Written by Kenna Rose

The titular character in The Picture of Dorian Gray is a charming young man whose beauty is only enhanced by his innocence.

Unfortunately, he meets a man named Henry Wotton who introduces Dorian to the idea of hedonism, or living for selfish, sensual pleasures, and sparks in him a fear of losing his youth and beauty. Out of this fear, Dorian wishes for his portrait to take the effects of his sinful life and age so he can remain young and beautiful.

Soon, the once-innocent Dorian Gray has stained himself with every sin imaginable in pursuit of pleasure.

His past is stained with whispers, unexplained suicides, and ruined reputations. Every one of them somehow paints itself onto the picture of Dorian Gray, haunting him with the knowledge that he has ruined his soul. Eventually Dorian thinks that if he destroys the painting, he won’t have to worry about it anymore, so he stabs the picture – and ends up killing himself.

Dorian’s pursuit of selfish pleasure ruined him, eventually leading to his literal death.

The Picture of Dorian Gray illustrates perfectly an important truth that our culture has completely forgotten: living for selfish, sinful “pleasures” will only ever lead to death. Romans 6:16 says,

“Do you not know that if you present yourselves to anyone as obedient slaves, you are slaves of the one whom you obey, either of sin, which leads to death, or of obedience, which leads to righteousness?”

Like Dorian, our culture has gleefully given itself over to sin in its pursuit of pleasure, and like Dorian, this pursuit of pleasure is rapidly leading to societal death.

Think of the sheer amount of cannabis shops inhabiting street corners or the significant rise in obesity. Think of how our society celebrates sexual deviancy in all its forms and is seeking to push depravity further. Think of what “entertainment” has become in the past decade and the gambling scandals that fill the news. Think of how many unborn babies have been brutally killed for the sake of something as selfish as preserving a specific lifestyle.

We are all slaves of who or what we obey, and our culture is a slave to sin.

Collectively, society knows the pleasures it is pursuing are sinful. A perfect picture of this appears in the concluding half of The Picture of Dorian Gray:

“He knew that he had tarnished himself, filled his mind with corruption and given horror to his fancy; that he had experienced a terrible joy in being so; and that of the lives that had crossed his own, it had been the fairest and most full of promise that he had brought to shame.”

This world has had to fight tooth and nail to make these things appear right or normal, and they’ve had to constantly beat back a moral standard that comes from Christianity to make any headway in society.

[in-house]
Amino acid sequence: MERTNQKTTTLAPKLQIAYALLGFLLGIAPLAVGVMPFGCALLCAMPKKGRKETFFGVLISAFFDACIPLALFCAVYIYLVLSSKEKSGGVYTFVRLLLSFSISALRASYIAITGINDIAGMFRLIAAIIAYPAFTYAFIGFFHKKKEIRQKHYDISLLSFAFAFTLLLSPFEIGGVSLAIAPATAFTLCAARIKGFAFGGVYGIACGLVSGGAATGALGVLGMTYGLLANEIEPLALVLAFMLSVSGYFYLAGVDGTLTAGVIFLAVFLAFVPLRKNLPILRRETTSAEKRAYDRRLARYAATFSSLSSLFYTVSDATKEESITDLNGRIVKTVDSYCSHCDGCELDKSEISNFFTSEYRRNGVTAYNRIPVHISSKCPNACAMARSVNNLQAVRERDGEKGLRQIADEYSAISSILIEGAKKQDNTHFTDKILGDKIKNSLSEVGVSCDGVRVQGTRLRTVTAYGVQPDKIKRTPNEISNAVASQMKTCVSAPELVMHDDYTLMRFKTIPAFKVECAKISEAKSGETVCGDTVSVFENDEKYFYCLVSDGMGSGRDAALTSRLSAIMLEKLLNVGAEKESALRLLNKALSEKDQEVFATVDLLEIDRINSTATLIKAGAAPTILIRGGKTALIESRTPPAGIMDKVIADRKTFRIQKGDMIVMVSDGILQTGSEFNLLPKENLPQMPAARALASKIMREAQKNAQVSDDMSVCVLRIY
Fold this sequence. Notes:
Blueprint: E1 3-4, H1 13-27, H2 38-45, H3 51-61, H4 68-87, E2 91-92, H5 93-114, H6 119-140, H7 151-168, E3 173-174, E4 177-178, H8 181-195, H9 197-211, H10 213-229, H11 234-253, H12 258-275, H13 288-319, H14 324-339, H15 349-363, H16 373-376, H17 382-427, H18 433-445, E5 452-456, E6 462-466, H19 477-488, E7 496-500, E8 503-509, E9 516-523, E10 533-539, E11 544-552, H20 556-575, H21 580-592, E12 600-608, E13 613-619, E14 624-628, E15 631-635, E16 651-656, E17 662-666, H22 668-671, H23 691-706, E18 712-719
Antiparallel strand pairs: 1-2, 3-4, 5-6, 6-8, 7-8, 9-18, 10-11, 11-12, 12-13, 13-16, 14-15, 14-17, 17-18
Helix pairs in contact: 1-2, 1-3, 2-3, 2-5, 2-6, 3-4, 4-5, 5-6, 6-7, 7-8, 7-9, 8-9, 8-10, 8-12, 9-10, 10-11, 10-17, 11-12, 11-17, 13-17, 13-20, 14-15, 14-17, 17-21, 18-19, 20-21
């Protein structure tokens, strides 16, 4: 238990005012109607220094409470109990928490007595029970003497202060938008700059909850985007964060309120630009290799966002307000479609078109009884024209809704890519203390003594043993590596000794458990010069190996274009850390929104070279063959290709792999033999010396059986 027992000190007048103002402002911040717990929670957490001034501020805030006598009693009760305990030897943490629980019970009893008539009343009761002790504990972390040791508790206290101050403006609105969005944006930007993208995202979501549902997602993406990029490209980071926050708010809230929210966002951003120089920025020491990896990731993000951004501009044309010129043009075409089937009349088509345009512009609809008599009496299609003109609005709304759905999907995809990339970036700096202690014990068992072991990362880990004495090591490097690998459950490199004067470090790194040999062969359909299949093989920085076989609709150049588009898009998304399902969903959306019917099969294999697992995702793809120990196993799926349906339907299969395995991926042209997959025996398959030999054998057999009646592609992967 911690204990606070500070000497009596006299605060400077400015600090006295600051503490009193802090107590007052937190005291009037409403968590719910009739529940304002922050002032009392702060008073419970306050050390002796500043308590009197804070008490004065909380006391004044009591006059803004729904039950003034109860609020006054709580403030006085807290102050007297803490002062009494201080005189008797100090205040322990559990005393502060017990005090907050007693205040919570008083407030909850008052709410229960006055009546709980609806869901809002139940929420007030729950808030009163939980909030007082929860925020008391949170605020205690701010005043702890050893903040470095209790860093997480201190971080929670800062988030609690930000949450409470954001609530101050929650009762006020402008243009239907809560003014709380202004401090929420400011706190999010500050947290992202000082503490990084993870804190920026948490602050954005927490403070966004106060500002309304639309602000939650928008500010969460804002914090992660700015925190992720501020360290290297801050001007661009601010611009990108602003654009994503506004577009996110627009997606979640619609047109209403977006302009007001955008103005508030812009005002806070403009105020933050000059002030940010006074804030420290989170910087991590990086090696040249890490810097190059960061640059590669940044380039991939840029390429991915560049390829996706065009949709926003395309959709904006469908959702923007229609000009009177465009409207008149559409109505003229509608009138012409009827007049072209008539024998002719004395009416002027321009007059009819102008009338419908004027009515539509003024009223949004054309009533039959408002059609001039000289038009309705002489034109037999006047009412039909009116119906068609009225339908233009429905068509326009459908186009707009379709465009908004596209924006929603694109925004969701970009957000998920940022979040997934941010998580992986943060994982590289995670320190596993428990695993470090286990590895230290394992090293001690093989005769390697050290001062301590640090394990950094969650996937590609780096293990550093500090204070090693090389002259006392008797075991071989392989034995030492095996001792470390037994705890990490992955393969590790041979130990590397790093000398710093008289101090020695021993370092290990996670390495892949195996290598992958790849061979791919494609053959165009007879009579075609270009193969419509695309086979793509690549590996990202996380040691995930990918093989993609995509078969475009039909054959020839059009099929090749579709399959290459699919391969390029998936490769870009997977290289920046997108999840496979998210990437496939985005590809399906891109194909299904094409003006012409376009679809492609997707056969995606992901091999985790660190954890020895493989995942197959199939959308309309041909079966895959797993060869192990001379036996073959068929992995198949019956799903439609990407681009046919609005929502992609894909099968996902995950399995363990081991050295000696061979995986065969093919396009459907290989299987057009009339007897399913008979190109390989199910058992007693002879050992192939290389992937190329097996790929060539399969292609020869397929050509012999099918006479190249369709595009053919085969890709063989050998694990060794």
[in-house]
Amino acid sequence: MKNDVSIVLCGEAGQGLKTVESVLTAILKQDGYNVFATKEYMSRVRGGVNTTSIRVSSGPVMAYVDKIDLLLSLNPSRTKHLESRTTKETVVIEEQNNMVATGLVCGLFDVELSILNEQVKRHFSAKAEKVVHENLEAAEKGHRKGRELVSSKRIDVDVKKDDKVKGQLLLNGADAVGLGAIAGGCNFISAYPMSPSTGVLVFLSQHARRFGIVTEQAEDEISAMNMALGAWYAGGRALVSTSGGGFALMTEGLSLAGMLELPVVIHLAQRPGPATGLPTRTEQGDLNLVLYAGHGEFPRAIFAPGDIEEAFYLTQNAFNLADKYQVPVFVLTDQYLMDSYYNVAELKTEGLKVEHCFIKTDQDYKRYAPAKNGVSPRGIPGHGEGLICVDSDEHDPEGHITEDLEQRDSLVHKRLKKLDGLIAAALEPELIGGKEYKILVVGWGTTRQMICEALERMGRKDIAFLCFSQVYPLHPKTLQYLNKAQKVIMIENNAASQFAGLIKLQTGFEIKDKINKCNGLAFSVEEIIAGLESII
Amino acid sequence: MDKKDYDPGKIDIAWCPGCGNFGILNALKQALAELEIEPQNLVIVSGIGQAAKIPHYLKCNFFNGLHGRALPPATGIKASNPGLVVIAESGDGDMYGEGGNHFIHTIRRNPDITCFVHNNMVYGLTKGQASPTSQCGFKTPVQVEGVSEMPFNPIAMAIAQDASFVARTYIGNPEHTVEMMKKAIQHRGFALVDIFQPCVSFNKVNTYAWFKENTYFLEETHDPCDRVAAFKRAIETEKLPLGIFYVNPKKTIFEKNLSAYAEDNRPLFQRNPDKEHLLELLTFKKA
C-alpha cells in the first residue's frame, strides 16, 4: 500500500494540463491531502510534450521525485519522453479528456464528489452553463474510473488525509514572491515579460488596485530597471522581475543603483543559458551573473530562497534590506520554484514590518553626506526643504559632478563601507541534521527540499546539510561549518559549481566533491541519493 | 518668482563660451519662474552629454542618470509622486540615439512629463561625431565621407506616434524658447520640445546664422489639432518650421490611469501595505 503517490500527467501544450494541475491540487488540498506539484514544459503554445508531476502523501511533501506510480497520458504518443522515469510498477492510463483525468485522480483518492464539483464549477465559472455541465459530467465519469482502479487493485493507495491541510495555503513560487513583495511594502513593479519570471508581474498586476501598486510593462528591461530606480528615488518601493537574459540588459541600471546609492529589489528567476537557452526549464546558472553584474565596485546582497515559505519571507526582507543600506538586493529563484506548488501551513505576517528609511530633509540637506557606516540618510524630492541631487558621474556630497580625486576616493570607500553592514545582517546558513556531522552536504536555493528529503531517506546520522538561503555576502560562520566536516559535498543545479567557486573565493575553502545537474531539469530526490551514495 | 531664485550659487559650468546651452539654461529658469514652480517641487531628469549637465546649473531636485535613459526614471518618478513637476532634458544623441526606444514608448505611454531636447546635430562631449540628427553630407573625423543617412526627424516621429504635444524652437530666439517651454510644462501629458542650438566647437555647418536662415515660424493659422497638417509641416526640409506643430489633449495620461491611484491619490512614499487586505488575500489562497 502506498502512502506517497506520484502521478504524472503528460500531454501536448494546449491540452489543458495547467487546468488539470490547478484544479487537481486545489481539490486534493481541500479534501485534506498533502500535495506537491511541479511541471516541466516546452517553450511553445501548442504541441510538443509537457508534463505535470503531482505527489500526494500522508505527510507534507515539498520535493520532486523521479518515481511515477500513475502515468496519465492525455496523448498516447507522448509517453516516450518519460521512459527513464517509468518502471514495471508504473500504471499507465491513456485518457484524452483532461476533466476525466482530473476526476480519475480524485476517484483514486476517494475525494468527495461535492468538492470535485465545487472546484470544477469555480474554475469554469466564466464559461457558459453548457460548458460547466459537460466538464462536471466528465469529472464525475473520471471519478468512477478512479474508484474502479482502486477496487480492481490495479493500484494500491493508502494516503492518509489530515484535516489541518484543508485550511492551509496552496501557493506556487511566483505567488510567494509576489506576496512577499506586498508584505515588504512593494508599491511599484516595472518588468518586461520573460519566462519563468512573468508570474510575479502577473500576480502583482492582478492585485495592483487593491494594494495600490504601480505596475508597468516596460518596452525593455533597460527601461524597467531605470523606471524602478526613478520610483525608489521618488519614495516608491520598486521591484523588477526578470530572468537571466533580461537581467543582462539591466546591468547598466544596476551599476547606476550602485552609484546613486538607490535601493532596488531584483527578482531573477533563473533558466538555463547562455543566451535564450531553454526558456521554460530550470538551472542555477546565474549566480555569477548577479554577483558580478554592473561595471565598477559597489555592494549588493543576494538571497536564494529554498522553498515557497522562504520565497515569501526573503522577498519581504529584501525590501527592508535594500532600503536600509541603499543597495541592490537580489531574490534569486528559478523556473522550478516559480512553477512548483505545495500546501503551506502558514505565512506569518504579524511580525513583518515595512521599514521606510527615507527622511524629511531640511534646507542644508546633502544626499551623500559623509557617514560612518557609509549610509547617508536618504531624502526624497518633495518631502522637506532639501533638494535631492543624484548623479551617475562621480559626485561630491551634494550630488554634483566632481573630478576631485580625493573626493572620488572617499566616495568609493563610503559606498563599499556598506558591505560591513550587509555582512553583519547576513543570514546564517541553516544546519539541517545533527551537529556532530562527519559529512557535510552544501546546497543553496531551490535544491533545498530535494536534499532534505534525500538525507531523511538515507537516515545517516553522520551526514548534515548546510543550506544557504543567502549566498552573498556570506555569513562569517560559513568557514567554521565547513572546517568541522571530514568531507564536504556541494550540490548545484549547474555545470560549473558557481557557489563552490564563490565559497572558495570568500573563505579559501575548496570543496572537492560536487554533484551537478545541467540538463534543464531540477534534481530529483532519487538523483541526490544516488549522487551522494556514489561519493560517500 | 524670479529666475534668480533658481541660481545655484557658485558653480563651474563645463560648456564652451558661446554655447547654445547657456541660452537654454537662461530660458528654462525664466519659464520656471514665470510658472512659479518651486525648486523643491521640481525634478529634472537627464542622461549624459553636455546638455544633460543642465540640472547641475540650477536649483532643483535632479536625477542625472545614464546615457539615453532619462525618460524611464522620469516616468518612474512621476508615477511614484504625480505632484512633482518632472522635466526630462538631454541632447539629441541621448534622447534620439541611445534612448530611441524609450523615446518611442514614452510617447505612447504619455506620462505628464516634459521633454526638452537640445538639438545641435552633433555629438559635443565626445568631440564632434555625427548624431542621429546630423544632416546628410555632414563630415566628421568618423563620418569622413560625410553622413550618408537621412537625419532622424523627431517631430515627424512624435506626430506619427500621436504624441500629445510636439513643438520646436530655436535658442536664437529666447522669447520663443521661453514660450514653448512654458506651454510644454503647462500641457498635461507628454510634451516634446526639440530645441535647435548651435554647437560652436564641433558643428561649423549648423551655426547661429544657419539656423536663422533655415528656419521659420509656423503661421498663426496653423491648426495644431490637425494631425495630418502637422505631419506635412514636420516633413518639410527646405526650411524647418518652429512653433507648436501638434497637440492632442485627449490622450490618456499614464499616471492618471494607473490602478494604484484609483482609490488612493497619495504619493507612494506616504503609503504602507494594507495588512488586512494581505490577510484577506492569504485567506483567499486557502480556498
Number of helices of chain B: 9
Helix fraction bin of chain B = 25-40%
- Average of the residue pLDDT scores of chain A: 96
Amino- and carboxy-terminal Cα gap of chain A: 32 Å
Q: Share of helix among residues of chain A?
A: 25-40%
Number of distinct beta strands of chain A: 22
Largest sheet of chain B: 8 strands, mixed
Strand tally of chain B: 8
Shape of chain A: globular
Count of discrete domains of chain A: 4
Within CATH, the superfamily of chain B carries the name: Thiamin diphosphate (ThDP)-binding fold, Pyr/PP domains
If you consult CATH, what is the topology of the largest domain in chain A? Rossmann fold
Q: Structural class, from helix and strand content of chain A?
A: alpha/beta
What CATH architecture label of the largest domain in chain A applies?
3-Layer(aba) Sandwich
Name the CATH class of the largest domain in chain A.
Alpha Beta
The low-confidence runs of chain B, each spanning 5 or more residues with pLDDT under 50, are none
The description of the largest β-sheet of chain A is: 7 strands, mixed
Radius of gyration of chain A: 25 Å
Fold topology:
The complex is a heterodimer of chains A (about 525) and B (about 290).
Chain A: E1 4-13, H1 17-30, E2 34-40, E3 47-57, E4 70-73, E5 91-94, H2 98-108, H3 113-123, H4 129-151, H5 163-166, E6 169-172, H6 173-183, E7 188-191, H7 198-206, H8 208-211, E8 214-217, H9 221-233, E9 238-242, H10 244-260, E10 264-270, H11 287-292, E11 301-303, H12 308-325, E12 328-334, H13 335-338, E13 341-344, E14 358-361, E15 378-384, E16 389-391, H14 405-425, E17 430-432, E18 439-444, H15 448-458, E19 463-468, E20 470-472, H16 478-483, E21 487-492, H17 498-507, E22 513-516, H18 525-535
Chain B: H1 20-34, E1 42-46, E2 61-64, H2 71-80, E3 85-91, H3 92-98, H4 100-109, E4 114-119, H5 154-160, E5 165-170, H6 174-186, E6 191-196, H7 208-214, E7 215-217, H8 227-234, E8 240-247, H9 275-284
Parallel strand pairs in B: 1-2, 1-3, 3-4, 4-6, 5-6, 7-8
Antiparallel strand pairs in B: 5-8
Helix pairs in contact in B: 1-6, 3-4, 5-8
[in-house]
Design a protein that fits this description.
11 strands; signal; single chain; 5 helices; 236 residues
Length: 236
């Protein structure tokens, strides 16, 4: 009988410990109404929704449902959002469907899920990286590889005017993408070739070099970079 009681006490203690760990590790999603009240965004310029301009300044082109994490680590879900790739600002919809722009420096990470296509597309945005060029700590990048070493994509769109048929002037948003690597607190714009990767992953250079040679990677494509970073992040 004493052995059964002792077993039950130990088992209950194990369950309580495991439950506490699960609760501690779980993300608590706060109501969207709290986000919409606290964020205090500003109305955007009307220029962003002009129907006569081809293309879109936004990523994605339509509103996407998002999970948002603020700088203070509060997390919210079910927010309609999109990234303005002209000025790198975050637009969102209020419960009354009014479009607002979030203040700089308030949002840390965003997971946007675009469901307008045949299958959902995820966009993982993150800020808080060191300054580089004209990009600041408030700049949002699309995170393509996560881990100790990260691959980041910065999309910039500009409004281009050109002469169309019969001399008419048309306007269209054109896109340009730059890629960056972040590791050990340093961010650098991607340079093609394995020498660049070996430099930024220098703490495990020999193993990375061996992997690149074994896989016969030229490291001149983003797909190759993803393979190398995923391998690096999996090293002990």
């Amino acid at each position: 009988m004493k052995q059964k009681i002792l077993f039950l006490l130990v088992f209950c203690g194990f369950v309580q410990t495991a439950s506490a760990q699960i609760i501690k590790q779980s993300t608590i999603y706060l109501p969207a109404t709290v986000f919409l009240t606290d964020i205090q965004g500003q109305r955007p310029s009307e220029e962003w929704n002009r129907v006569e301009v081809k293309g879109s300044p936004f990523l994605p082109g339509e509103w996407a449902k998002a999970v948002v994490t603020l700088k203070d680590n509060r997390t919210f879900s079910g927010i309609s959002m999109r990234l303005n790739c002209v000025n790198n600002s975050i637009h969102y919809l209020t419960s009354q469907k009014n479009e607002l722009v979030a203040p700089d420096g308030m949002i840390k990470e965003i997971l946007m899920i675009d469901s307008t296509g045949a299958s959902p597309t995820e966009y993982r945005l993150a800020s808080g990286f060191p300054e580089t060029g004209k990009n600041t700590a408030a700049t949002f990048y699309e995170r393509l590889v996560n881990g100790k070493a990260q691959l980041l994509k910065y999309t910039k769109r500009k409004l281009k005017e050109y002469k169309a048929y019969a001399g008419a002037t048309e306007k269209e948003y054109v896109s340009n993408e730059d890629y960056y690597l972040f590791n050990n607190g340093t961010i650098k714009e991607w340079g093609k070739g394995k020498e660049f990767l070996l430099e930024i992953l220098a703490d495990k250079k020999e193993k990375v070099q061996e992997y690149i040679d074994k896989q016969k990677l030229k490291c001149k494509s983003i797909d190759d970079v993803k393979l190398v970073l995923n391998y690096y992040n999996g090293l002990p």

Why create the “Shout your Abortion” campaign or celebrate Pride Month other than to loudly demand the world congratulate you on freeing yourself as regards righteousness?

Romans 1 shows the tragic outcome of such an attitude in verse 32:

“Though they know God’s righteous decree that those who practice such things deserve to die, they not only do them but give approval to those who practice them.”

I think our world, and especially the West, has a fear of pain. We’ve become so used to comfort and instant gratification that when pain, shame, guilt, or sadness creep in, we try to find a way to make those negative emotions go away instead of facing them and realizing that life isn’t perfect all the time.

For many people, this discomfort results in turning to those earthly pleasures—sex, alcohol, drugs, cutting, suicide, abortion, “switching” genders, binge eating, or even scrolling social media—to “fix” the negative emotions for a time. But none of these things lead anywhere other than to death – spiritual death as well as (often) physical death.

This is where the gospel comes in.

Romans 6 ends with,

“For when you were slaves of sin, you were free in regard to righteousness. But what fruit were you getting at that time from the things of which you are now ashamed? For the end of those things is death. But now that you have been set free from sin and have become slaves of God, the fruit you get leads to sanctification and its end, eternal life. For the wages of sin is death, but the free gift of God is eternal life in Christ Jesus our Lord” (Romans 6:20-23).

The pursuit of earthly pleasures and the quest to avoid pain will ultimately lead to slavery to sin, which in turn leads to death.

It’s only through Christ that we can be set free from sin because He died a horrible, tortuous death and rose again to defeat it, taking the punishment our sin deserves.

True joy, fulfillment, and life are only ever found through slavery to righteousness, not to sinful pleasure.